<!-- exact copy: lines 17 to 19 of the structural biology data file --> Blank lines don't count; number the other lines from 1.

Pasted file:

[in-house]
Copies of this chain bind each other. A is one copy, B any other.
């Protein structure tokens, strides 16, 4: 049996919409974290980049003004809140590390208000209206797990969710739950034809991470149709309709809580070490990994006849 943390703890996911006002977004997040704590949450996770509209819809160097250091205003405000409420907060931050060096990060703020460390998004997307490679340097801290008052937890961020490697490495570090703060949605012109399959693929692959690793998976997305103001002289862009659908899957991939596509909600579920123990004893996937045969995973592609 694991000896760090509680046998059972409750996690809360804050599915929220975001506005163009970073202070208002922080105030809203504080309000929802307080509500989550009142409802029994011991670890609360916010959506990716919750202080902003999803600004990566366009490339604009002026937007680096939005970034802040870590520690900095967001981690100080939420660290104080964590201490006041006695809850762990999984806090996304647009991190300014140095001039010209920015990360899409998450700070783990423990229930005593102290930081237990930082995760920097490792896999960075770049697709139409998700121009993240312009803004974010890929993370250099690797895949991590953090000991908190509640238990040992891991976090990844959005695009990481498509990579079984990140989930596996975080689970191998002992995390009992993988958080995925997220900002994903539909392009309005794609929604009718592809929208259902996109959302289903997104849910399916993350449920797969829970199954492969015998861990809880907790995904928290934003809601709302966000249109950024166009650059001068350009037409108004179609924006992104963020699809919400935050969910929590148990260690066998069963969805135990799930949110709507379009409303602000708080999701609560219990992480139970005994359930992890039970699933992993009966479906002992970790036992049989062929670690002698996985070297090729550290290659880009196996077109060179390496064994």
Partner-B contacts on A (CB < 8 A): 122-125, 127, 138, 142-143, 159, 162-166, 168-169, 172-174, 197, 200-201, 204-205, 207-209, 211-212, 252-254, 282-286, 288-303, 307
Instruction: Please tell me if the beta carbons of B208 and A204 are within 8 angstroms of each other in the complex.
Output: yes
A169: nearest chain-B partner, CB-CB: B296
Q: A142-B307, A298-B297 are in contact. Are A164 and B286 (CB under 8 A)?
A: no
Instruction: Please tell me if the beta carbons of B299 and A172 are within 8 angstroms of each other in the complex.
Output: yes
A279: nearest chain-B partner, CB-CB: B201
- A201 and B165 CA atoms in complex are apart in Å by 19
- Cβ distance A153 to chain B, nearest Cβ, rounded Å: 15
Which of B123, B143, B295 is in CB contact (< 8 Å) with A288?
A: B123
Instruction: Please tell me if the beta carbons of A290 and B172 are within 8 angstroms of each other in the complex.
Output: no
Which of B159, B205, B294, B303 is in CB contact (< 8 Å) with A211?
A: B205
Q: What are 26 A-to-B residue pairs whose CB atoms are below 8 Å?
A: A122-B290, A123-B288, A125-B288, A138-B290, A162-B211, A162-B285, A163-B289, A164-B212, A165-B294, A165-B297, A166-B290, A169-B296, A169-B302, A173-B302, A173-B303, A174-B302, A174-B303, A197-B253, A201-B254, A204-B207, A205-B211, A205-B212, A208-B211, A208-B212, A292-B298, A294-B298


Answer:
Instruction: Please tell me if the beta carbons of A290 and B172 are within 8 angstroms of each other in the complex.
Output: no
Which of B159, B205, B294, B303 is in CB contact (< 8 Å) with A211?